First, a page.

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If Unprotected Sex Is Dangerous, How Do You Get Pregnant Safely?

Published: February 14, 2011
Dear TeenHealthFX,
I have thoroughly educated myself about safe sex (condoms, birth control, that kind of thing) but I am very confused. If condoms and birth control prevents pregnancy but unprotected sex is dangerous, how do you become pregnant safely? signed: confused about pregnancy and sexual safety
Signed: If Unprotected Sex Is Dangerous, How Do You Get Pregnant Safely?

Dear If Unprotected Sex Is Dangerous, How Do You Get Pregnant Safely?,

 

Unprotected sex is considered a high risk form of sexual activity because it can put a person at risk for an unwanted pregnancy and the transmission of STDs. Condoms and a back-up method of birth control (such as the pill) are generally recommended for teens and young adults who choose to be sexually active. When used consistently and correctly, condoms can be very effective in providing protection against the transmission of STDs and unwanted pregnancies, and birth control methods such as the pill can be very effective in protecting against unwanted pregnancies. (Keep in mind that abstinence is the only way to have 100% protection against these two things).

If a couple decides that they would like to have a baby, then in trying to conceive they would not use any form of birth control. When a couple is trying for a baby, obviously an unwanted pregnancy is no longer a risk since pregnancy now is the goal. The only possible risk would be if either partner has an STD or is at risk for transmitting an STD. If neither partner has an STD, and the couple is in a monogamous relationship, there should be no risk of an STD transmission between partners or from mother to baby. But if either partner has an STD, or thinks he or she may have an STD, it is definitely recommended that this be discussed with a medical care provider before trying to conceive to prevent transmission of any STDs between partners, as well as from mother to baby.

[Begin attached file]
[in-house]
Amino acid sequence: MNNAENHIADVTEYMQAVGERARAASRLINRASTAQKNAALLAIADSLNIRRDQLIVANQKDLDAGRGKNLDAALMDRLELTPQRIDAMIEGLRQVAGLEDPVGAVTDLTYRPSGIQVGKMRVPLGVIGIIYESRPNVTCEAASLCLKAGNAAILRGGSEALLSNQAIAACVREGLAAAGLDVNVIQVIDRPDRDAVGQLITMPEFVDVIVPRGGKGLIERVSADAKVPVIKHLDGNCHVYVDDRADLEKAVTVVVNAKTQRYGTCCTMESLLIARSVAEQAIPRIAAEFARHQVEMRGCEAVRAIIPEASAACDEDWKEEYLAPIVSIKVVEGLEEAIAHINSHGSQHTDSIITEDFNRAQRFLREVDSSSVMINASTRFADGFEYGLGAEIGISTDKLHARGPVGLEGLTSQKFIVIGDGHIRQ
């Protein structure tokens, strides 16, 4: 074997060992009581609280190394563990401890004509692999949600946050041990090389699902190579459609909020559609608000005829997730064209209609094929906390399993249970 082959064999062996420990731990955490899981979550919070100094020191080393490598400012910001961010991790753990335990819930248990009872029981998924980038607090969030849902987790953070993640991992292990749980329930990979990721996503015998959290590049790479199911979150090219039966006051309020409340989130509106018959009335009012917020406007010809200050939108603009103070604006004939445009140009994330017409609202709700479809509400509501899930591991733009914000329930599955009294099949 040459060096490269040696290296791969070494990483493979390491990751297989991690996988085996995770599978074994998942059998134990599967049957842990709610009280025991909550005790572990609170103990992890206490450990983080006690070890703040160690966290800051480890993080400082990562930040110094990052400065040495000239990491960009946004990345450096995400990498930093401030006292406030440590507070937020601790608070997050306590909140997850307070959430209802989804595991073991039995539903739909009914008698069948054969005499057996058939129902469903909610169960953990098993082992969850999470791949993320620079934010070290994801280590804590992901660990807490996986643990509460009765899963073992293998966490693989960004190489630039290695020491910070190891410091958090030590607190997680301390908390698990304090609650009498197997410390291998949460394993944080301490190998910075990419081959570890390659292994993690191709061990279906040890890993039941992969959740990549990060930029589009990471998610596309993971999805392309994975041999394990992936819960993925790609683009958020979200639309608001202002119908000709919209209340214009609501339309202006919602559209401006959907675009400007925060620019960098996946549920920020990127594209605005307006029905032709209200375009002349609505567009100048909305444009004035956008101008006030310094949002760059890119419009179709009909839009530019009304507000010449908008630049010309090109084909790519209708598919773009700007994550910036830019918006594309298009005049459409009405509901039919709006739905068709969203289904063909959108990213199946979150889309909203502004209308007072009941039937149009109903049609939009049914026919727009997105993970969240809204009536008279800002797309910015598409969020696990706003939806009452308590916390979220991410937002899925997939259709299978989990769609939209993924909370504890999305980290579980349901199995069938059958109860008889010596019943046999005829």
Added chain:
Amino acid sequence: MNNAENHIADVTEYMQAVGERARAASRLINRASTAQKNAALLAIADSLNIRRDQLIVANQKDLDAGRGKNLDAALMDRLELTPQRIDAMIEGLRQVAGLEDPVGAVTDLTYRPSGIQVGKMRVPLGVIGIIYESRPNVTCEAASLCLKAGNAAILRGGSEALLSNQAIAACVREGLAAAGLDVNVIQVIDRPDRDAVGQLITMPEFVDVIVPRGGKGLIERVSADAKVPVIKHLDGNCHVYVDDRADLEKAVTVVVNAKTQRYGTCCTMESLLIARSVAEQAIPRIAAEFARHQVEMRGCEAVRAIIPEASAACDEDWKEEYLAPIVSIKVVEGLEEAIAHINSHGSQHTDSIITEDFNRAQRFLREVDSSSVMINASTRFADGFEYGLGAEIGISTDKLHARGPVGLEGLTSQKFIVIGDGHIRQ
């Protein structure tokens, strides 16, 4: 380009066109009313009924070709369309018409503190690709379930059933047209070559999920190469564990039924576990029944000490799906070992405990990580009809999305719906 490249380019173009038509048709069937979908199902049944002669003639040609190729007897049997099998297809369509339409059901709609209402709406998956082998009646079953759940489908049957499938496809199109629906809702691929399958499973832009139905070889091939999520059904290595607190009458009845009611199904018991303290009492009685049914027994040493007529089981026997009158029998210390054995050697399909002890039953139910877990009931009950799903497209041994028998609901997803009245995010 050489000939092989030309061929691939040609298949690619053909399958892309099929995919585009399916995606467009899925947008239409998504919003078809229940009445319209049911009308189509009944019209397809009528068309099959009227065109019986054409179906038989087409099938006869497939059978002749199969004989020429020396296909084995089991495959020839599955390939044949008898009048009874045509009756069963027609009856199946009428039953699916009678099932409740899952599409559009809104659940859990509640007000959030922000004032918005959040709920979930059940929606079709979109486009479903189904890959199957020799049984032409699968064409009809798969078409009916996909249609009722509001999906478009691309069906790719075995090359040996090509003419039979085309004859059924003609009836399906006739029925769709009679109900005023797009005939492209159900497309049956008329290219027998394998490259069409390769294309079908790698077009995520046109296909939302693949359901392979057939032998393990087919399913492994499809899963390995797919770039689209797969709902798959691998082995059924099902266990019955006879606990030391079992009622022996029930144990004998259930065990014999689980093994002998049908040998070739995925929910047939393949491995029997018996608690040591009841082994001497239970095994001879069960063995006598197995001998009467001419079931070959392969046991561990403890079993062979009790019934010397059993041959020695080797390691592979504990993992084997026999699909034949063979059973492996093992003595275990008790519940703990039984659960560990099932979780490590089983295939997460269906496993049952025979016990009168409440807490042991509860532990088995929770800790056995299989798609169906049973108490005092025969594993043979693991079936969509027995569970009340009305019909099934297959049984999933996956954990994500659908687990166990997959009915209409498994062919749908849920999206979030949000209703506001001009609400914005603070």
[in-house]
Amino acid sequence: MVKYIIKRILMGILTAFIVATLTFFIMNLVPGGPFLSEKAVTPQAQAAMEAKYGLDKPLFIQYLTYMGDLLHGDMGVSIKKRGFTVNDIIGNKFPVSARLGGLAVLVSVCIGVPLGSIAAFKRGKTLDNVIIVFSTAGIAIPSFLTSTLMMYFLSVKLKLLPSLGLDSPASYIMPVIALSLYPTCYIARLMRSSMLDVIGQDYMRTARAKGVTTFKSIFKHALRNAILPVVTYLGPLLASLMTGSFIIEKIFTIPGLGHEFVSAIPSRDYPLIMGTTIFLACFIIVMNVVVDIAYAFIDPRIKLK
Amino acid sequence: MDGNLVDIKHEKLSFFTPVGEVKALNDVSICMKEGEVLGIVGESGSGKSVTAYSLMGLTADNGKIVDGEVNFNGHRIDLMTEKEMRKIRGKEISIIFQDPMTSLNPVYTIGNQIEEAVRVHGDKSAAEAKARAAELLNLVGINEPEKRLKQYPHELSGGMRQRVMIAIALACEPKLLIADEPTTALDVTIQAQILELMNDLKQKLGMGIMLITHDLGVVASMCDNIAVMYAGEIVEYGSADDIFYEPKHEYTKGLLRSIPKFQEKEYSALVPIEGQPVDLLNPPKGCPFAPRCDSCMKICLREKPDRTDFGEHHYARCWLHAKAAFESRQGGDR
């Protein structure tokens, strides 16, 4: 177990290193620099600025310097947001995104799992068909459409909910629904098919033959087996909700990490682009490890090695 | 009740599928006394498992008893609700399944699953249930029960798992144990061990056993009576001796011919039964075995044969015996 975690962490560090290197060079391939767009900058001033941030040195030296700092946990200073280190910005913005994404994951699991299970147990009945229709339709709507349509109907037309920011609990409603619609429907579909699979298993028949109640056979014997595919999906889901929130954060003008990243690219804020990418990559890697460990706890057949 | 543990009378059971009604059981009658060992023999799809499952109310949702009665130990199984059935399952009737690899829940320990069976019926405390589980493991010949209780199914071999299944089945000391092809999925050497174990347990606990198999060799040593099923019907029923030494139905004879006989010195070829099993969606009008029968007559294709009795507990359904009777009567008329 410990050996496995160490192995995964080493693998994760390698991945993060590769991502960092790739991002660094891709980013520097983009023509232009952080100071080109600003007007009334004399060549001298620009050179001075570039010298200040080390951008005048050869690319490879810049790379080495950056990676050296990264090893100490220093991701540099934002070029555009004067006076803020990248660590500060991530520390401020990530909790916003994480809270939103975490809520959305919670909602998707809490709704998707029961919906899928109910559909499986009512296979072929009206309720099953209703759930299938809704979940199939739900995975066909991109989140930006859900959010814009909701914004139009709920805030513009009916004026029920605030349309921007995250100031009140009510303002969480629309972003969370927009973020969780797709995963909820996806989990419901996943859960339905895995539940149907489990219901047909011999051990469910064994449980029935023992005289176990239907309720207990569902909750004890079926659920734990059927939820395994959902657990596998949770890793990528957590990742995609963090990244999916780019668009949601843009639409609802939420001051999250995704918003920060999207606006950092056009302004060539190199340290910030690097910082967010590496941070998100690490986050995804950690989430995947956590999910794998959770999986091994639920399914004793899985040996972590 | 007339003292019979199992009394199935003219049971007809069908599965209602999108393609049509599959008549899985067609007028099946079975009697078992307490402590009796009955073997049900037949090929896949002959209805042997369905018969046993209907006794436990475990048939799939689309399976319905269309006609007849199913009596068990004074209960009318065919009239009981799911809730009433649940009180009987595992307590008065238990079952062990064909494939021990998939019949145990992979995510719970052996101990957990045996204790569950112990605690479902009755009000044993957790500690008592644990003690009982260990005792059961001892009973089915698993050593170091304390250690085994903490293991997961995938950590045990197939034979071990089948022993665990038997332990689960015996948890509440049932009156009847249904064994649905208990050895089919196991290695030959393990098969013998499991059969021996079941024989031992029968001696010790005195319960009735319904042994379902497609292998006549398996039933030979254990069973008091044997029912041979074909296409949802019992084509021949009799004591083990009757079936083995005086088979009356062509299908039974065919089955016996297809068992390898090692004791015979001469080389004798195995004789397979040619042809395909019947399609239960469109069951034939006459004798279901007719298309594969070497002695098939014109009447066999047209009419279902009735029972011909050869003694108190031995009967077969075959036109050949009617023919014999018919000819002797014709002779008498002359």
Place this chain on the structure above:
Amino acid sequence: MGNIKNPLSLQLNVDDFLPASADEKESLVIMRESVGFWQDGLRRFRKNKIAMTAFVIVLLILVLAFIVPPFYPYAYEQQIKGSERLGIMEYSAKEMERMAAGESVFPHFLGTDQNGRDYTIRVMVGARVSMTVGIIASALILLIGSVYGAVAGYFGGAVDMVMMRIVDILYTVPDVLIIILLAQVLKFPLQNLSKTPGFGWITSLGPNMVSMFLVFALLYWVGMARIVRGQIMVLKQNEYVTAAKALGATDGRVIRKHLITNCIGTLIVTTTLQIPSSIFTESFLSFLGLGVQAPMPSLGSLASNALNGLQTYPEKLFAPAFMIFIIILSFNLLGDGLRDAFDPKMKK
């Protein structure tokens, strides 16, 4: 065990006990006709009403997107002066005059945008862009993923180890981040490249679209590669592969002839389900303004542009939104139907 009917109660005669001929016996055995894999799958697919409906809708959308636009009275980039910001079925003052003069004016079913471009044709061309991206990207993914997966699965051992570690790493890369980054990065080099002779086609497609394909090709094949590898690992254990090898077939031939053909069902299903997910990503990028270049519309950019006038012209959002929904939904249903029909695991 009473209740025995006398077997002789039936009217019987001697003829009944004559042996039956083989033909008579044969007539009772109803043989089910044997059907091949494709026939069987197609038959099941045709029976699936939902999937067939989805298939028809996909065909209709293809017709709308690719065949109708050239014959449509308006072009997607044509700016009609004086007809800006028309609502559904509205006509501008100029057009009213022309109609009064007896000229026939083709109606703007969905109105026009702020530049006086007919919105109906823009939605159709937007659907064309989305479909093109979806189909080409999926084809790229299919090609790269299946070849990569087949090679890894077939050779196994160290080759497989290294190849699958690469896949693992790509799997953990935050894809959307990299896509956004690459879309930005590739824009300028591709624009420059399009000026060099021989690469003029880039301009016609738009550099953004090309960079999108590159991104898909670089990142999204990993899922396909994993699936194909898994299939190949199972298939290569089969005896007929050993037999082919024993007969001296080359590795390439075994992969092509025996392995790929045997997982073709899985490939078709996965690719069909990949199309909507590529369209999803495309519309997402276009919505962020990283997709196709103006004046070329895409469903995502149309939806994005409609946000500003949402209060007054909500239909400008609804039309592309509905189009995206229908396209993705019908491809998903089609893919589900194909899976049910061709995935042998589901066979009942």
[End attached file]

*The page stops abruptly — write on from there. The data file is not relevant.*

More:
For more information on STDs and pregnancies, go to the CDC (Centers for Disease Control and Prevention) webpages on STDs & Pregnancy – CDC Fact Sheet and STDs and Pregnancy, The Facts. These webpages provide information on and answers to the following:

·         General facts about STDs and pregnancy

·         How pregnant women can lower their risk for STD transmission

·         Can women get STDs while pregnant? (The answer to which is, yes)

·         How STDs can affect a pregnant woman and her baby

·         When STD testing is needed

·         How to get tested

·         How STDs are treated

·         What happens when STDs remain untreated

 

When it comes to a healthy pregnancy, some other important considerations before getting pregnant can include:

·         How ready are you to have a baby? The questions presented in our answers to Trying To Have A Baby and The Cost Of Raising A Baby are a good place to start in terms of a couple determining how truly ready they are for such a big step.

·         Having a doctor in place who can provide prenatal care. If you don't have a doctor and live in northern New Jersey, you can call the Adolescent/Young Adult Center for Health at 973-971-6475 for an appointment with an adolescent medicine specialist or contact your local teen health center or Planned Parenthood. You can also contact your insurance company for a list of in-network providers.

·         Not taking drugs, not consuming alcohol and not smoking cigarettes once you begin trying to get pregnant.

·         Eating a healthy diet and getting an adequate amount of exercise prior to conceiving and during pregnancy.

·         Many doctors will recommend taking prenatal vitamins as soon as you start trying for a baby.

·         Discuss any prescription medications you are taking with your healthcare provider to find out if they are safe to continue with during your pregnancy.

Signed: TeenHealthFX

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